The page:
By providing user input, the user effectively registers the wireless device 124 with the class 5 switch 120 for the purpose of rerouting phone calls to the standard telephone 122. The HLR 106 functions normally and forwards all incoming calls to the TLN provided by the class 5 switch 120. Once the TLN is established in the wireless network HLR 106, the TLN stays active until the HLR 106 receives a new TLN from another switch or the class 5 switch 120 un-registers the TLN. This can occur by the mobile user moving into the control of another BSC or MSC or by turning the wireless device 124 on after is has been off. Either of the described actions will cause the MSC 102 hosting the wireless device 124 to be re-registered with the HLR 106 thereby breaking the TLN registration of the class 5 switch 120. The user may submit the routing command because wireless device 124 has poor wireless access or prefers to receive incoming calls on the standard phone 122 for purposes of comfort or convenience. For example, the user may prefer the comfort and battery life of the standard telephone 122 when available. In current solutions, the mobile switching center 102 is unable to take a roaming request from a landline switch such as the class 5 switch 120.

Separate agreements between the wireless user, the owner of the class 5 switch 120, and the mobile switching center 102 may be required to allow the call routing herein described. For example, the wireless service provider that owns the MSC 102 may need to have an agreement or contract in place with a local telephone company that owns the class 5 switch 120 for allowing the calls destined for the wireless device 124 to be routed from the mobile switching center 102 through the class 5 switch for termination at the standard telephone 122. The two parties may be required to establish a service fee, fee arrangement, fee sharing, or other terms of compensation, collaboration, or mutual understanding. For example, the local telephone company may require that 1.5 cents per minute be paid in compensation for calls originally destined for the wireless device 124 that are routed through the class 5 switch 120 to the standard telephone 122.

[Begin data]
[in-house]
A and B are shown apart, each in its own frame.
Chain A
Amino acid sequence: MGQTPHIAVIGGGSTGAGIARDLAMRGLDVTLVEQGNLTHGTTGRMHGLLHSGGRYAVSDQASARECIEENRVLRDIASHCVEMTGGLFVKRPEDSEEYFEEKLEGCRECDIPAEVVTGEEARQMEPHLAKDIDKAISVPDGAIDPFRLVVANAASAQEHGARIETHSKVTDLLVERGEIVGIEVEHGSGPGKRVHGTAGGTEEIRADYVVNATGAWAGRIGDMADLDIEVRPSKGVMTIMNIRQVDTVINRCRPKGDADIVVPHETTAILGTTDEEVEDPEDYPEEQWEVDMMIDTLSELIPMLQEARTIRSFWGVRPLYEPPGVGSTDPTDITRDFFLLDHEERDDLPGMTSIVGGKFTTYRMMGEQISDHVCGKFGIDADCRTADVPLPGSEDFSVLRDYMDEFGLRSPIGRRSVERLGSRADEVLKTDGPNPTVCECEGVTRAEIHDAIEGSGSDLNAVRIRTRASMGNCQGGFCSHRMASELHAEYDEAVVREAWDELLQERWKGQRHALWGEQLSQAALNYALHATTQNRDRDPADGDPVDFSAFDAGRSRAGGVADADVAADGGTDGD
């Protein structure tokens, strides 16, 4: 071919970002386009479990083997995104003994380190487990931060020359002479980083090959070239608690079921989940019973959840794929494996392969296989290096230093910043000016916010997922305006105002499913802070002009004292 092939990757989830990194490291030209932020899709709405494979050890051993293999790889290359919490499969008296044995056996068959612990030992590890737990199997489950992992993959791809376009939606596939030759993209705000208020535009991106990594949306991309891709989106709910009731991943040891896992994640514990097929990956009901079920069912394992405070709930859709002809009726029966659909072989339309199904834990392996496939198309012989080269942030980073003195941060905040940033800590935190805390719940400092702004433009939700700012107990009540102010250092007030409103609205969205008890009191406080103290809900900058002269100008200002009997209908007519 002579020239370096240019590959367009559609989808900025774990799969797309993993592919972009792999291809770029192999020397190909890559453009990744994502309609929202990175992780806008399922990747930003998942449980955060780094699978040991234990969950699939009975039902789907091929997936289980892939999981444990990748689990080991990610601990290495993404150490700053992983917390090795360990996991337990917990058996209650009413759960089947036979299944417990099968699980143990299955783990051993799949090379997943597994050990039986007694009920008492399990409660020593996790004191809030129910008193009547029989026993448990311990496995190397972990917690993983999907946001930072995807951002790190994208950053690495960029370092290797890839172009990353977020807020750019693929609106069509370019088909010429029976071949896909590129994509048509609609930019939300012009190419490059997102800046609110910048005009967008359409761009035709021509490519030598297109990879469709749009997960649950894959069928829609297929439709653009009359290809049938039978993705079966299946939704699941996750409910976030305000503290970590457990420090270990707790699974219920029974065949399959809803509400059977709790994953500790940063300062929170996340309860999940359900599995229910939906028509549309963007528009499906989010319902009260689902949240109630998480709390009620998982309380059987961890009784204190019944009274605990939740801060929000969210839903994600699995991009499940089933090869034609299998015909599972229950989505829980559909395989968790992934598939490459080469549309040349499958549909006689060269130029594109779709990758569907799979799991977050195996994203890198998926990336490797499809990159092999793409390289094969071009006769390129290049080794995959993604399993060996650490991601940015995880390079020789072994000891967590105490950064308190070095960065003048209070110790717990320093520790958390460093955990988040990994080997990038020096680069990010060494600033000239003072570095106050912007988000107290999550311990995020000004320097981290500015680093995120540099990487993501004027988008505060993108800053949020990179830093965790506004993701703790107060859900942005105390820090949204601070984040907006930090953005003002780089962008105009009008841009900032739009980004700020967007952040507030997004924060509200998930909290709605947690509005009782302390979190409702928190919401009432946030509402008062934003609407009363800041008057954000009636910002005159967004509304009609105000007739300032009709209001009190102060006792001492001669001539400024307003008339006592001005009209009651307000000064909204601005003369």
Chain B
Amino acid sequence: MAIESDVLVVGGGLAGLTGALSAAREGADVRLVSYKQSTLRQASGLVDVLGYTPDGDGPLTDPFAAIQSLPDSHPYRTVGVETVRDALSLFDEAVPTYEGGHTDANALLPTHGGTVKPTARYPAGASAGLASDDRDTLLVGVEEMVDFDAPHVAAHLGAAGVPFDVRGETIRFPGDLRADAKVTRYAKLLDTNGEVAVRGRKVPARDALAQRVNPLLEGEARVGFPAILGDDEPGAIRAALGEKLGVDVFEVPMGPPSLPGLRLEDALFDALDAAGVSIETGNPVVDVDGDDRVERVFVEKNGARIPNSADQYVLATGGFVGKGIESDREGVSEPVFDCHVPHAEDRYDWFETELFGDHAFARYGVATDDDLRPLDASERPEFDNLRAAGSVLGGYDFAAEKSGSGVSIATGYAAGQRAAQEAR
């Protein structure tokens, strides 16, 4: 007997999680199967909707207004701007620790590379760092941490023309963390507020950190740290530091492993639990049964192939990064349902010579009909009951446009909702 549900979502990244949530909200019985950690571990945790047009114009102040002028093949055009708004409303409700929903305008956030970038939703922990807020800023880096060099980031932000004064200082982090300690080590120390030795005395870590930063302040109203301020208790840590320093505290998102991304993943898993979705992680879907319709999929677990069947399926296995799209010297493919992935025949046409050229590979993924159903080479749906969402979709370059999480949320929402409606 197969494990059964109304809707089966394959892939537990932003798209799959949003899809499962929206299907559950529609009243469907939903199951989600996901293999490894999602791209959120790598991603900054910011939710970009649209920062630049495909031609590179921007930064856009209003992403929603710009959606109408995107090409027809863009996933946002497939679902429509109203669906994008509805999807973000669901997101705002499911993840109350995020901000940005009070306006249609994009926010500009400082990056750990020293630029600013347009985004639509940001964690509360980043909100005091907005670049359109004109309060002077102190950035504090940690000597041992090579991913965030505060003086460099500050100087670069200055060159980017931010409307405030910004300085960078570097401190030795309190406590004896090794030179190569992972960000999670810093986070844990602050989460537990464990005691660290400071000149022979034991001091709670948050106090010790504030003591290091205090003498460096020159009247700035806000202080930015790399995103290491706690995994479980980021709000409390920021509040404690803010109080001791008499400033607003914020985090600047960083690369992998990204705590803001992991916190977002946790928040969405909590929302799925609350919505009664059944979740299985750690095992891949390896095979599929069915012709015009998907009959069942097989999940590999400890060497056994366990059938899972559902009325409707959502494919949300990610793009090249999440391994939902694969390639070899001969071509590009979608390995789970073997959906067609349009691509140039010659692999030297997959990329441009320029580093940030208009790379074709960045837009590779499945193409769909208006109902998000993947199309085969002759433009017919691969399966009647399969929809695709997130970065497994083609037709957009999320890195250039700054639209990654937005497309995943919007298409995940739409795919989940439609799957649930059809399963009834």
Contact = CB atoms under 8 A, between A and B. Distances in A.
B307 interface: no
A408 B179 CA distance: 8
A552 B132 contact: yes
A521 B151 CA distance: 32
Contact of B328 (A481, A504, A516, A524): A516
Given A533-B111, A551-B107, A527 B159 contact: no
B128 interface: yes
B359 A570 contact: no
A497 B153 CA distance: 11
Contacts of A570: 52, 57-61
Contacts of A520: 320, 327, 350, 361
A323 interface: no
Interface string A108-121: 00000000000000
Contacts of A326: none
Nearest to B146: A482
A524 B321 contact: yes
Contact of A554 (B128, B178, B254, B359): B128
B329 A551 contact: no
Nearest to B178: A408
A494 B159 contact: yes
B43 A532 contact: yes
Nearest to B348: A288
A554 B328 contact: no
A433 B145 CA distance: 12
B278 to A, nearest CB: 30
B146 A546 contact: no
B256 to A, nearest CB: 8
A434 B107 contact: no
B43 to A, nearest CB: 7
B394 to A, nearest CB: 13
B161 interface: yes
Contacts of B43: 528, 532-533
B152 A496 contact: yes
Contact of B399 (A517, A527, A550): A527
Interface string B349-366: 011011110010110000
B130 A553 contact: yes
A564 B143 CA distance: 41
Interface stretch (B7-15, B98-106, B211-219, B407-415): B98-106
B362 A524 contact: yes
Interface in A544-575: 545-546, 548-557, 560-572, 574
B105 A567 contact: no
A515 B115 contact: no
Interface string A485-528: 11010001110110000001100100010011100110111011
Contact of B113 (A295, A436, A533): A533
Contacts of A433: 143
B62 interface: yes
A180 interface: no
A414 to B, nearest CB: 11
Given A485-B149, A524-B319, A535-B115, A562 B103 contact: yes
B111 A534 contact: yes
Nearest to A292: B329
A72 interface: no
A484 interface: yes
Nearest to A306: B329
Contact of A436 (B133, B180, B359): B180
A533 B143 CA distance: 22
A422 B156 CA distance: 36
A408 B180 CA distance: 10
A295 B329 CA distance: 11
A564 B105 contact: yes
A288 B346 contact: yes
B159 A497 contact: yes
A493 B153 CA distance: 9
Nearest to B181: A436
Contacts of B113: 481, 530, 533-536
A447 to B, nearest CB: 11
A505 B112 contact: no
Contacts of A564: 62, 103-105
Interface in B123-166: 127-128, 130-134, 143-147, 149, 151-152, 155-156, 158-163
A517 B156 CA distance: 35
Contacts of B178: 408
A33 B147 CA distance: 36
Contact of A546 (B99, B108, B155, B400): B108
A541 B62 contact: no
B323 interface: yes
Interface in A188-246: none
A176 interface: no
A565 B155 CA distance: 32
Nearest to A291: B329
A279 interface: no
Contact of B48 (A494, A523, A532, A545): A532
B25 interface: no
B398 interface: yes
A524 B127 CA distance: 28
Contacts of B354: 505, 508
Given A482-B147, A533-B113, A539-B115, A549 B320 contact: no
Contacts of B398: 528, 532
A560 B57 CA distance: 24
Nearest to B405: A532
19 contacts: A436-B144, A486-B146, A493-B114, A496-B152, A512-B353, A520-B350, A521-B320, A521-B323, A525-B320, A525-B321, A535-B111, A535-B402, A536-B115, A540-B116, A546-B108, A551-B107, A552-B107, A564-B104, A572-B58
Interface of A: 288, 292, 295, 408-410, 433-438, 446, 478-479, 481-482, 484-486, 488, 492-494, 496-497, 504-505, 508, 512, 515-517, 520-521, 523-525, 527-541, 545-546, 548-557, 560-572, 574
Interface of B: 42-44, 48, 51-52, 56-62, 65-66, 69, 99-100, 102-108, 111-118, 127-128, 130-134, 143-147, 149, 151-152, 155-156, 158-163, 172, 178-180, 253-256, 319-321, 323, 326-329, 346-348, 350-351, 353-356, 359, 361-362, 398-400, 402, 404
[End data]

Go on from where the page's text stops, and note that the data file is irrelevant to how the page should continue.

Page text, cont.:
The wireless user may unregister or deregister the call routing in any number of ways. For example, the call routing may be automatically disabled when making a phone call from the wireless device. Alternatively, the wireless user may use the standard telephone 122 and the wireless device 124 to enter a deactivation trigger such as *79. In another embodiment, the wireless user may travel with the wireless device 124 into a separate wireless network such as wireless network 116. At that point, the call routing is automatically disabled by the class 5 switch 120 when the wireless device 124 is registered with a new VLR. The illustrative embodiments of the present invention are particularly useful for wireless service providers that may not have complete coverage in rural areas or other areas that are hard to cover such as mountainous regions. As a result, when at home, the wireless user may trigger the call routing so that all incoming phone calls are routed to the standard telephone 122 for convenience. In many cases, the standard telephone 122 has a better battery life and the handset is more durable and functional for receiving numerous calls.